Abecedarian Early Intervention Project

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The Carolina Abecedarian Project was a controlled experiment that was conducted in 1972 in North Carolina, United States, by the Frank Porter Graham Child Development Institute to study the potential benefits of early childhood education for poor children to enhance school readiness. It has been found that in their earliest school years, poor children lag behind others, suggesting they were ill-prepared for schooling.[1] The Abecedarian project was inspired by the fact that few other early childhood programs could provide a sufficiently well-controlled environment to determine the effectiveness of early childhood training.


The participants in this experiment were 111 infants born between 1972 and 1977. Of these, 57 were given high-quality intervention, consisting in part of educational games based on the latest in educational theory. The other 54 acted as a control group. An overwhelming majority (98 percent) of the children who participated in the experiment were African-American. The average starting age of participants was 4.4 months.[2] Whereas other childhood programs started at age two, the Abecedarian Project started from infancy and continued for five years, a period longer than most other programs. The participants received child care for 6–8 hours a day, five days a week. Educational activities were game-based and emphasized language. The control group was provided with nutritional supplements, social services, and health care to ensure that these factors did not affect the outcomes of the experiment.[3] All the 111 infants were identified as "high risk" based on maternal education (which was on average 10th grade), family income, and other factors. The teacher-child ratio was low. It ranged from 1:3 for infants to 1:6 at age 5.[4]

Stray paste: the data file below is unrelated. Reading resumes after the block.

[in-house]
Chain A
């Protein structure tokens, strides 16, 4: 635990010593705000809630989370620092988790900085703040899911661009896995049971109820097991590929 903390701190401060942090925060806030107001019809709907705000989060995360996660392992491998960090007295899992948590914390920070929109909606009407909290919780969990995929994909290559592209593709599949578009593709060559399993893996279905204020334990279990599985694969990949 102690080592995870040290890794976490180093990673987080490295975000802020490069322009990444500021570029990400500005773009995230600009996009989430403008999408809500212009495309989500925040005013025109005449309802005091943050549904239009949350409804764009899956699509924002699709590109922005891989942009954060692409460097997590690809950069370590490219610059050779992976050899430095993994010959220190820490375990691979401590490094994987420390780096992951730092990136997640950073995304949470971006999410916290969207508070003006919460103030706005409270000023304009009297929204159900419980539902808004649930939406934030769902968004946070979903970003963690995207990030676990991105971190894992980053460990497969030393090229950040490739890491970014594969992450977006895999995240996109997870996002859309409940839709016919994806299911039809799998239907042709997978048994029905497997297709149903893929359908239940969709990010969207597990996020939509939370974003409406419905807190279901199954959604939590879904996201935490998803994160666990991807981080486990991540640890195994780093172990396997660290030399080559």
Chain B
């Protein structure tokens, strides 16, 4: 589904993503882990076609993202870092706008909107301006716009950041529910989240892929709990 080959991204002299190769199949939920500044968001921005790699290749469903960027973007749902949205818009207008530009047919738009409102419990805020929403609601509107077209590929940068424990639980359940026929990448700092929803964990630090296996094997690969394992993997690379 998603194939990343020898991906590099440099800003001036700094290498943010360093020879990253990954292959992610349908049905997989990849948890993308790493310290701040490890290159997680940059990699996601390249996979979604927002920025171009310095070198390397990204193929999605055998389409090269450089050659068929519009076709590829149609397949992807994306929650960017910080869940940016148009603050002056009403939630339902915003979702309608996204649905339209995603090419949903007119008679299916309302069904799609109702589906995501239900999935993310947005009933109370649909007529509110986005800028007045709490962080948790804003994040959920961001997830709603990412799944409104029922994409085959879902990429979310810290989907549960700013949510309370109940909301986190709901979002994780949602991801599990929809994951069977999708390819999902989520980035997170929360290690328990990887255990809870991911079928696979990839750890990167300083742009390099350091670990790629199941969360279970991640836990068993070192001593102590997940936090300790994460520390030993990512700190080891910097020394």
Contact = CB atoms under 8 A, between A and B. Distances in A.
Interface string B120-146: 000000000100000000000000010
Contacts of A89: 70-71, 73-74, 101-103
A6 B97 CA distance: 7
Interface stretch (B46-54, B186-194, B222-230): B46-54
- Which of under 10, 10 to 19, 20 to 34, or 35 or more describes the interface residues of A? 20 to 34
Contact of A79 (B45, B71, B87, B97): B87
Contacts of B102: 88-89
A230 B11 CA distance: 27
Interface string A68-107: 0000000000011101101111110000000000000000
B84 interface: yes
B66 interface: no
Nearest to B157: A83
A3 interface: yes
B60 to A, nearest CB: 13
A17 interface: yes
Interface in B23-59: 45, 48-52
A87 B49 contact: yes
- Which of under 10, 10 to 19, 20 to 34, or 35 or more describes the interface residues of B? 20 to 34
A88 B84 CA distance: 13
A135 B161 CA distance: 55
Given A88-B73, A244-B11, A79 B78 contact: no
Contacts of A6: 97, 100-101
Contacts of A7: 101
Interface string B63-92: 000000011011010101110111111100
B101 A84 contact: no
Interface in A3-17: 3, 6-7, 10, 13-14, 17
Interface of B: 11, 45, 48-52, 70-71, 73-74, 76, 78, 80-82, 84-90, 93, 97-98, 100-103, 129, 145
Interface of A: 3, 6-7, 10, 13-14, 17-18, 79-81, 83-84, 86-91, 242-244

Significant findings[edit]